The Prevalence of Syphilis Is Associated with the Prevalence of Male Point-Concurrency: An Ecological Analysis


Objective: The prevalence of syphilis differs considerably between different populations and indi-vidual level risk factors such as number of sex partners seem unable to completely explain these differences. The effect of network level factors, such as the prevalence of partner concurrency, on syphilis prevalence has not hitherto been investigated. Study design: Linear regression was per-formed to assess the relationship between the prevalence of male concurrency and prevalence of syphilis in each of 11 countries for which we could obtain comparable data. The data for concur-rency prevalence was taken from the WHO/Global Programme on AIDS (GPA) sexual behavioural surveys. Syphilis prevalence rates were obtained from antenatal syphilis serology surveys done in the same countries. In addition, we used linear regression to assess if there was a relationship between syphilis and concurrency prevalence of various racial and ethnic groups within the United States and South Africa. Results: In the international study, we found a strong relationship between the prevalence of male concurrency and syphilis prevalence (r = 0.79, P = 0.003). In the subnational studies, the relationship between concurrency and syphilis prevalence was positive in all cases but was only statistically significant so in the case of South Africa’s racial groups (r = 0.98, P = 0.01). Conclusions: The findings of an ecological-level association between syphilis and partner concurrency need to be replicated but suggest that efforts directed towards decreasing partner concurrency may reduce syphilis prevalence.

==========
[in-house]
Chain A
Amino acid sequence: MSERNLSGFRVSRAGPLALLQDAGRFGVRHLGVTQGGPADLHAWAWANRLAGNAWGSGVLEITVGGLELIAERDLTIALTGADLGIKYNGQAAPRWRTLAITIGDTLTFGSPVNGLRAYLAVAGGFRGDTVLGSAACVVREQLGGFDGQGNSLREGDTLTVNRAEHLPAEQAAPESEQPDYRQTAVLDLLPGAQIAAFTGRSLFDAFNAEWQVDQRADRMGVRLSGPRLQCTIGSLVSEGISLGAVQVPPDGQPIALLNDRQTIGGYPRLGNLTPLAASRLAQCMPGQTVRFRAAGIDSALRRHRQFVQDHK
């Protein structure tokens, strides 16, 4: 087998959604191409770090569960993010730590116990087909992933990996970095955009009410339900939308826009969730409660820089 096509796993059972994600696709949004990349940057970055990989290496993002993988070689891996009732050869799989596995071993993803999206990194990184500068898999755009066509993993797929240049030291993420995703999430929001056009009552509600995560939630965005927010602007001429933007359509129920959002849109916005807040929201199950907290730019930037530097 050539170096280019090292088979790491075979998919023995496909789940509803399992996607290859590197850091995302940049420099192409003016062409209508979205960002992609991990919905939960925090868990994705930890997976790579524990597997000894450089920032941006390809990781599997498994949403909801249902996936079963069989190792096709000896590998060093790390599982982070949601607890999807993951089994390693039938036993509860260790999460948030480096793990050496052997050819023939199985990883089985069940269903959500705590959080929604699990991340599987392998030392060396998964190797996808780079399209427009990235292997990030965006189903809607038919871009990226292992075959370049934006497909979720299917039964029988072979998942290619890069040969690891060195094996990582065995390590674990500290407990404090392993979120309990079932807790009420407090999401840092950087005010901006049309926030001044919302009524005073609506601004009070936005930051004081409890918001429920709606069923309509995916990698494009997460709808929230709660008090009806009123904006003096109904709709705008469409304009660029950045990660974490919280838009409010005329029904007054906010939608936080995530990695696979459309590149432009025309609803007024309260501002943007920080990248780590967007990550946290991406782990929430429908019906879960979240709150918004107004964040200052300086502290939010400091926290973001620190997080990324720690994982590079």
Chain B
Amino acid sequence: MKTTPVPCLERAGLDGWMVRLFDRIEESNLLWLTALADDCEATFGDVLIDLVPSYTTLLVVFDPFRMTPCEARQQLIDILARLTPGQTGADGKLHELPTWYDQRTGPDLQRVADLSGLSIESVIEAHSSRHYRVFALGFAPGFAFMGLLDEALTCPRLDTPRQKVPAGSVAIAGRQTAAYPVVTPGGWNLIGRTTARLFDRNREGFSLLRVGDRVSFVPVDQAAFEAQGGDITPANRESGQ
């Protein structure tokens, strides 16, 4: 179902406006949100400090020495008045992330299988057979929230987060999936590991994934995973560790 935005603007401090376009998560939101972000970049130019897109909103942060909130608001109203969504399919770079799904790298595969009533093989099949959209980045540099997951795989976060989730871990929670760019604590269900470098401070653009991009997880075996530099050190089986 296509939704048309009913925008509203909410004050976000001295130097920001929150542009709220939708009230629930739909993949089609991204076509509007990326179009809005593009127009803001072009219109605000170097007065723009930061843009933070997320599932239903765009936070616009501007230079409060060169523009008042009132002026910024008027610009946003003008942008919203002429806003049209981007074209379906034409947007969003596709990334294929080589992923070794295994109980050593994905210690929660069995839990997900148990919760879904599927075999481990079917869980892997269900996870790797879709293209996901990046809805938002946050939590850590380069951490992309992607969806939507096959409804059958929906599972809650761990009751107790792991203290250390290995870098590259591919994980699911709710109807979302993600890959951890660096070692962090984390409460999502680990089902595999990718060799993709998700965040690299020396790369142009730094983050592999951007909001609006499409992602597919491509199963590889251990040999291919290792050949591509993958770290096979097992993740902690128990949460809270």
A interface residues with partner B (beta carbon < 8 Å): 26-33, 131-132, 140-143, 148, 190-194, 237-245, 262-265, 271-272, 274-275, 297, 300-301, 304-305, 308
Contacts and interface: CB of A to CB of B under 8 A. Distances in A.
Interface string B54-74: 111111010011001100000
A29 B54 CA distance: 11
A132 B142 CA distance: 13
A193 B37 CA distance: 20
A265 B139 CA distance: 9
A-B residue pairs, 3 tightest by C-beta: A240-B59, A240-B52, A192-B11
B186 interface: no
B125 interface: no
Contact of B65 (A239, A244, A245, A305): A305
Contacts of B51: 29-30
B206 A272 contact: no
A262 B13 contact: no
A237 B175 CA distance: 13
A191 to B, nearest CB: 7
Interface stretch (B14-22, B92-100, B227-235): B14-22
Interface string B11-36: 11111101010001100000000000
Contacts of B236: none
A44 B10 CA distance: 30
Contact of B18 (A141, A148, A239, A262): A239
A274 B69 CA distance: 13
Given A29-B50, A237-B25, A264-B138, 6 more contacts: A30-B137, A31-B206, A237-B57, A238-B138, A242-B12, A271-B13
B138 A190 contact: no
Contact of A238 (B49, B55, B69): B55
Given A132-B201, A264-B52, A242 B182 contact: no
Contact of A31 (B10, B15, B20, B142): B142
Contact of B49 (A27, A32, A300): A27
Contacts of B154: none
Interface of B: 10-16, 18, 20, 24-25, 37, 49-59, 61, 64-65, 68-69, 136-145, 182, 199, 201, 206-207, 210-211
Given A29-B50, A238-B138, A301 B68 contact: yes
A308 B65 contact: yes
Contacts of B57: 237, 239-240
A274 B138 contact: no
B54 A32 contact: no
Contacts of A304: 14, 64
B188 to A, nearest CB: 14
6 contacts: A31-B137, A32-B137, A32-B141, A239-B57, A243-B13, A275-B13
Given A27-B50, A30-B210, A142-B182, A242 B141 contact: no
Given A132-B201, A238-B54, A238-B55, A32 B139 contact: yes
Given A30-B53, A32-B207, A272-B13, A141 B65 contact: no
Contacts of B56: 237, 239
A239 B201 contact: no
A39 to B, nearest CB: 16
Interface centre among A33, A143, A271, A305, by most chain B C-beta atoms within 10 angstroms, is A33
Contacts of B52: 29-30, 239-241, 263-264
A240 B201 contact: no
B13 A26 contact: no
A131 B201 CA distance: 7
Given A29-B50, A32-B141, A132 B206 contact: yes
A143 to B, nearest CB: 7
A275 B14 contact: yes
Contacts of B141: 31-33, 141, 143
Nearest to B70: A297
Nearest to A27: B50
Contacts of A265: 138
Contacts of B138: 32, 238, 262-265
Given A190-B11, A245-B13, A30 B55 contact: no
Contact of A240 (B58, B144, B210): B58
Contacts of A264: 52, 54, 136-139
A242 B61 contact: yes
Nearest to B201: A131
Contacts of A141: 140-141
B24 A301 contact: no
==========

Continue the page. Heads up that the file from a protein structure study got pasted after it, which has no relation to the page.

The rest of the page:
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Kenyon, C. and Osbak, K. (2015) The Prevalence of Syphilis Is Associated with the Prevalence of Male Point-Concurrency: An Ecological Analysis. World Journal of AIDS, 5, 131-139. doi: 10.4236/wja.2015.52016.

Conflicts of Interest

The authors declare no conflicts of interest.


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